Electronic Materials are materials that are distributed digitally and can be accessed via a computer, the Internet, or a portable device such as an ebook reader. Types of electronic materials include ebooks and downloadable electronic video and audio files. Electronic Materials packaged together as a unit and checked out as a unit are counted as one unit.
As a result, for the first time since the inception of the LJ Index, there is an impending opportunity to modify its design better to reflect what public libraries do today. As soon as the annual IMLS file includes data on this new output measure, that data will be analyzed along with the current LJ Index measures (circulation, visits, program attendance, and Internet computer use). Alas, that is not likely to be next year, as—in the ordinary course of such things—only some states will have had time to add the new measure by then. Please take this issue to heart if you are a chief officer or a state data coordinator at a state library agency or the person who will be deciding when your local library starts reporting e-circulation in your state survey. The sooner a new measure like e-circulation is reported, the better, particularly when it is a measure that is not really new at all for most public libraries. Perhaps, with some special effort, all states could report it next year. That would enable the LJ Index to evolve that much more quickly.
E-circulation is only one of several new output measures needed for the LJ Index to become truly up-to-date in reflecting more fully the range of public library services. Two other new output measures have been discussed in the recent past, and as a result, a handful of early adopter states added them to their surveys. Colorado is one of those states, and the two other measures are library website visits and Wi-Fi access usage. In another article in this issue of LJ (page TK), an analysis of Colorado data on these two proposed measures with current LJ Index measures is reported. We believe it makes a strong case for adding those two measures to all of the states’ public library surveys and thus to the IMLS annual data file.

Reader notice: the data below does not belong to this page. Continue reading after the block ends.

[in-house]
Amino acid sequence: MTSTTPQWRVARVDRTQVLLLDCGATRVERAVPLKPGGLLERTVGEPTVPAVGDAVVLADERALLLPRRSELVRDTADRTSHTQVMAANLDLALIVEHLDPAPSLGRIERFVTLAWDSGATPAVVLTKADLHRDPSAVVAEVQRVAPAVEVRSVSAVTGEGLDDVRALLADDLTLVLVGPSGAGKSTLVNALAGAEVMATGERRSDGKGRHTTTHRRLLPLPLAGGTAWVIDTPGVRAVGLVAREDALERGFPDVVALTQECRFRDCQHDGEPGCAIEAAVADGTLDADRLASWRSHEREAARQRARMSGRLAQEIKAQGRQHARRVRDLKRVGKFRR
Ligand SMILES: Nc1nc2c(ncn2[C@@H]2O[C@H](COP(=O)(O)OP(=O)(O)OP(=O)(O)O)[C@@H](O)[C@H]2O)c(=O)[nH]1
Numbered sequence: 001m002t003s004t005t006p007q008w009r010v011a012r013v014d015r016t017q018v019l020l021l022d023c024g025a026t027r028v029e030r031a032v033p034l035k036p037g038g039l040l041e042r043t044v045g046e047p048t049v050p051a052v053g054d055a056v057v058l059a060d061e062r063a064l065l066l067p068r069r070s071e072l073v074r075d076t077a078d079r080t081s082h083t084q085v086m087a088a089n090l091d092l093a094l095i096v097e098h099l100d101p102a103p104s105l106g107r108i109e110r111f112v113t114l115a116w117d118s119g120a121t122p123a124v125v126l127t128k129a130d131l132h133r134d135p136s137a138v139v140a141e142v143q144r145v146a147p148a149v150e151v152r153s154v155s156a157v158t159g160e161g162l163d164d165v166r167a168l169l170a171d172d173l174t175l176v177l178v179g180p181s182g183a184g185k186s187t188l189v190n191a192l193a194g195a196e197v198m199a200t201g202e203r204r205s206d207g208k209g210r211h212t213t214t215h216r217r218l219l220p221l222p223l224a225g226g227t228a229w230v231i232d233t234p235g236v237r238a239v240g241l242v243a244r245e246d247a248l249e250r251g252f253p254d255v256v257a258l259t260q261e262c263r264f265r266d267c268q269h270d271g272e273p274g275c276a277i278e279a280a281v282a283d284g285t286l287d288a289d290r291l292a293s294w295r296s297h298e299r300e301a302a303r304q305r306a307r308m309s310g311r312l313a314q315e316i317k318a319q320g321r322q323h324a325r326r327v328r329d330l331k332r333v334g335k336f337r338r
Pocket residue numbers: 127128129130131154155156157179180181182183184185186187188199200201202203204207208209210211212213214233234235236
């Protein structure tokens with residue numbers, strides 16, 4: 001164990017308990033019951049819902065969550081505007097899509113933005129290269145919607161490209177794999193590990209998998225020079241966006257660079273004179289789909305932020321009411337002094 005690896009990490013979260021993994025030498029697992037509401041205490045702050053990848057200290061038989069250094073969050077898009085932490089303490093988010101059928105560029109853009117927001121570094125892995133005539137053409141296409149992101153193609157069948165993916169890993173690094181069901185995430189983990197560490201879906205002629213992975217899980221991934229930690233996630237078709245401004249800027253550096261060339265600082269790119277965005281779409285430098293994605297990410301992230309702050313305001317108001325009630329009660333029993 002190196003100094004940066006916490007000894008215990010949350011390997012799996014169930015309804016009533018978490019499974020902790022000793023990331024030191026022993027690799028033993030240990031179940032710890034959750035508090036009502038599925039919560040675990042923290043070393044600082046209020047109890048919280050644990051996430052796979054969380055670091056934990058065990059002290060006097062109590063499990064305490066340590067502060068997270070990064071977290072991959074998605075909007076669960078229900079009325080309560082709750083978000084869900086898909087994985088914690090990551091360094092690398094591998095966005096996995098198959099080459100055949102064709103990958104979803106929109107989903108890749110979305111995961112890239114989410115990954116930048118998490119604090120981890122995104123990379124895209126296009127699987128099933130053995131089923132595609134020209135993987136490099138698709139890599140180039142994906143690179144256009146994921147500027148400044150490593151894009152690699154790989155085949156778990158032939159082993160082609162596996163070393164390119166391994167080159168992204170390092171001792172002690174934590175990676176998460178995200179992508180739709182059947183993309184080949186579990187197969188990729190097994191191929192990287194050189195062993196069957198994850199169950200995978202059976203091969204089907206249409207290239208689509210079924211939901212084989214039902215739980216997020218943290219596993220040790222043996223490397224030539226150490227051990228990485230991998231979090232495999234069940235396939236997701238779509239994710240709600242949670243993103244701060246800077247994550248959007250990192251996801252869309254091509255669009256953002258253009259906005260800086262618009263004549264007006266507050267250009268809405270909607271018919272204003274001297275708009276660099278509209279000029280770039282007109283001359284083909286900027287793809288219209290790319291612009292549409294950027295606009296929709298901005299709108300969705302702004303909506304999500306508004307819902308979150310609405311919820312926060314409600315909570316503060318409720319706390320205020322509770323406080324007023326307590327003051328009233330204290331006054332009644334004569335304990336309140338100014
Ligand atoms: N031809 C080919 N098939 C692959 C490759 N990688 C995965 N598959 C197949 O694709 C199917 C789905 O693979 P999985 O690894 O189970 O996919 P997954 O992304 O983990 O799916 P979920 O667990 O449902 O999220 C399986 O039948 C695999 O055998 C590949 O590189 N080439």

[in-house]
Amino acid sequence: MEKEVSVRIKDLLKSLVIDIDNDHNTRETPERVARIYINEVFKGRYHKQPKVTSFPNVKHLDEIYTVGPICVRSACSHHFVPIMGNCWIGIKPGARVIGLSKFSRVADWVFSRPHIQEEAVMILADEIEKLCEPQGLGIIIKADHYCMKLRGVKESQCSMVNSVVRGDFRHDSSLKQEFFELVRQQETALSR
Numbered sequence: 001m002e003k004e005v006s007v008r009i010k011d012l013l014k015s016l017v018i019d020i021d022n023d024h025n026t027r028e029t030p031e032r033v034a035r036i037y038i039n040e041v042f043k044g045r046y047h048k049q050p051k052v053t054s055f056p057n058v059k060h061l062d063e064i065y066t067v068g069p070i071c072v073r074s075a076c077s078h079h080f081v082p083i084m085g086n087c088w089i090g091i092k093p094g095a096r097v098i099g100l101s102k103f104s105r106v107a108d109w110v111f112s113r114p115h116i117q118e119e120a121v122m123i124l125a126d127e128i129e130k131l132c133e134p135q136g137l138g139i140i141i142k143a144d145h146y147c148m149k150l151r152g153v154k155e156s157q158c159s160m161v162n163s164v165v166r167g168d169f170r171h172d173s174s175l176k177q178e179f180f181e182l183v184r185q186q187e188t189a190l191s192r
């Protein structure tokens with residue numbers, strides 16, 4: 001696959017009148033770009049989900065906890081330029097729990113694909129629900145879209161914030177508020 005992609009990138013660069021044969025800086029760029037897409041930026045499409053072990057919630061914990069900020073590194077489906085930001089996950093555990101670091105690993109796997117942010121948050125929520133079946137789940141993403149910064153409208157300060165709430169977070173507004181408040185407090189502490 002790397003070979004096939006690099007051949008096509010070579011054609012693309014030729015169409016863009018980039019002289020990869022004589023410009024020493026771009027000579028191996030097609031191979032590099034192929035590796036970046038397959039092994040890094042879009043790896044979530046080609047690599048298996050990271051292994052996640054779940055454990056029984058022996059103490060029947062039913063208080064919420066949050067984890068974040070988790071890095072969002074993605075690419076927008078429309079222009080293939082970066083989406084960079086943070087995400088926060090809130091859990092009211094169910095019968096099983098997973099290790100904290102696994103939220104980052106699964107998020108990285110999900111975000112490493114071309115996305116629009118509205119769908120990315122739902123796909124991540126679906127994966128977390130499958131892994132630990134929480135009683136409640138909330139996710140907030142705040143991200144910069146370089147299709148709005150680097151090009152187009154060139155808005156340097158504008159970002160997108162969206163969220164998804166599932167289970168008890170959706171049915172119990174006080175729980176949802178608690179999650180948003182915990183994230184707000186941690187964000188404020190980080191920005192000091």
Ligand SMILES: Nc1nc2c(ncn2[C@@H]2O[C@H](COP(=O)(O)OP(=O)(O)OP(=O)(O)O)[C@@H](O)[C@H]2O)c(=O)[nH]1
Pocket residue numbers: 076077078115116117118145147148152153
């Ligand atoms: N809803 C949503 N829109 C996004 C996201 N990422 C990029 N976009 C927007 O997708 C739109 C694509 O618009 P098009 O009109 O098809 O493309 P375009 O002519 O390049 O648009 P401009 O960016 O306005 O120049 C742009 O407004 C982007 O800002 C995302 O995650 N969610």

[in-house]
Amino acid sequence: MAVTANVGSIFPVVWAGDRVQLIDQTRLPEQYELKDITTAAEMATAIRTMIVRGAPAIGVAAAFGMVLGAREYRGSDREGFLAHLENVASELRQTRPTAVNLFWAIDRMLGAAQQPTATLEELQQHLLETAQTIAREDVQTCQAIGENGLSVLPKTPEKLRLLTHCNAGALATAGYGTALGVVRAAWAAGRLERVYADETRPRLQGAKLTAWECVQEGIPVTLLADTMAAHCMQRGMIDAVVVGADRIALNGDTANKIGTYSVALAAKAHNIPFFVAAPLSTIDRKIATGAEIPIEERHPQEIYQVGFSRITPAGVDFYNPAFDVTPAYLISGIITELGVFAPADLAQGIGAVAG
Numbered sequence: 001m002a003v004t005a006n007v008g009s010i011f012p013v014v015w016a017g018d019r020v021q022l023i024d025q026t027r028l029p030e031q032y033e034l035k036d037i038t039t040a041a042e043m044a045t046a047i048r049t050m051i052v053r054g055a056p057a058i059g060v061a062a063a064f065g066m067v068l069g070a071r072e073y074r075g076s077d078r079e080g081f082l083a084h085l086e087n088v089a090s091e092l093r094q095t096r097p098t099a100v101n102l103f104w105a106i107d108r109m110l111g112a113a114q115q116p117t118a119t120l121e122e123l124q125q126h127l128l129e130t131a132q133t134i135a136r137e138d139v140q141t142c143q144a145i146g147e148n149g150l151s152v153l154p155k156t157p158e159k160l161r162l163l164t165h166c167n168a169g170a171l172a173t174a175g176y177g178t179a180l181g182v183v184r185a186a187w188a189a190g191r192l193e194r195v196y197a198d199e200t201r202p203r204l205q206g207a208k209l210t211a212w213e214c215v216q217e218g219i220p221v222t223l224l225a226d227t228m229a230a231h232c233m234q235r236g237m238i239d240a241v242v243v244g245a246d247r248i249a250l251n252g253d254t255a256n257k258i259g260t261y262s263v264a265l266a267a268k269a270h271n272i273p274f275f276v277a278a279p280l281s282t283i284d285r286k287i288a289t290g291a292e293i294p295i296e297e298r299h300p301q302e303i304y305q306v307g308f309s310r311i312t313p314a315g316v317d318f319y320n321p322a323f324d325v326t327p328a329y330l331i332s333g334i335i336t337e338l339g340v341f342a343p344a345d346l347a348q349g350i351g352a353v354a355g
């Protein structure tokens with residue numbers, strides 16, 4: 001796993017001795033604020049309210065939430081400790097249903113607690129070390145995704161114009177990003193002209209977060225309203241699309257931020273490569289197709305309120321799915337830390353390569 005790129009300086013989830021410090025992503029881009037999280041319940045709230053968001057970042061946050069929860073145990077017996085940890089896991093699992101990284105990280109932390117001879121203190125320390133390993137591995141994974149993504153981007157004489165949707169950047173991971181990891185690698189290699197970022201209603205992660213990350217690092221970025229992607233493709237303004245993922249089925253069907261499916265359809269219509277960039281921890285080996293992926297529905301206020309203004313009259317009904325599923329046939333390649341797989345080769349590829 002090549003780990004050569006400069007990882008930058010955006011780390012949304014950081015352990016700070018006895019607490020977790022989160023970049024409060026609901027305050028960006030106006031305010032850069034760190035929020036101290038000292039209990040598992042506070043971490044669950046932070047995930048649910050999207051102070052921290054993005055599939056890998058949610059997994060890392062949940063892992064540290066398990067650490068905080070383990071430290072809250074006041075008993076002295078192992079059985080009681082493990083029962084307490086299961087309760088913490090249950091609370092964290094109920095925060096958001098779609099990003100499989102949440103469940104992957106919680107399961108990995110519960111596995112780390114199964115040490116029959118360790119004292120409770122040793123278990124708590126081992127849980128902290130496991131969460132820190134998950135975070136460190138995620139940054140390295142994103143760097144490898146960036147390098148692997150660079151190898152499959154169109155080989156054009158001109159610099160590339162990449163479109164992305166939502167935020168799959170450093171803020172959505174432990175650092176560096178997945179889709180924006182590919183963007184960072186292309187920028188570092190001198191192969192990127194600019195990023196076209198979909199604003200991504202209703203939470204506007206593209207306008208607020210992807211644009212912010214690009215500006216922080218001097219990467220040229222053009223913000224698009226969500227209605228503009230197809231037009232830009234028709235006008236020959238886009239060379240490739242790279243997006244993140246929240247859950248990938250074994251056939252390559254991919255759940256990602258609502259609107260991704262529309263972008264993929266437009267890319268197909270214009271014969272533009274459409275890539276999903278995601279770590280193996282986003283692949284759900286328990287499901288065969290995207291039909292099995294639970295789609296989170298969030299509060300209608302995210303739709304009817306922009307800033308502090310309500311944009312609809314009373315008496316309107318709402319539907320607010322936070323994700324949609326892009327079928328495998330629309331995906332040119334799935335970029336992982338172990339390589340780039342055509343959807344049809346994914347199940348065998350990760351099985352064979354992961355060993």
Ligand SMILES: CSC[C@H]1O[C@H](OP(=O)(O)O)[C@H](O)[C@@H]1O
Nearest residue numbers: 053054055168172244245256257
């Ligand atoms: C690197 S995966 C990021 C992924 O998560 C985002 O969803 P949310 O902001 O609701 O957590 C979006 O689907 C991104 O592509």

Please read that article, and—if you agree with us—contact IMLS and the chief officer and state data coordinator at your state library agency, and let them know you think it is time to adopt these output measures. These and other potential new measures are under discussion, and they need your input.
In a few years, the LJ Index could be based not just on per capita statistics for circulation, visits, program attendance, and Internet computer use but also on e-circulation, library website visits, and Wi-Fi access usage. When this happens, the LJ Index will make tremendous strides in better reflecting the ever-broadening range of public library services. At present, there is a huge statistical blind spot in what we know about what public libraries do for their users. The motivation to shed long-overdue light on the digital services of public libraries should provide plenty of incentive for finding ways to overcome any obstacles to collecting such new measures.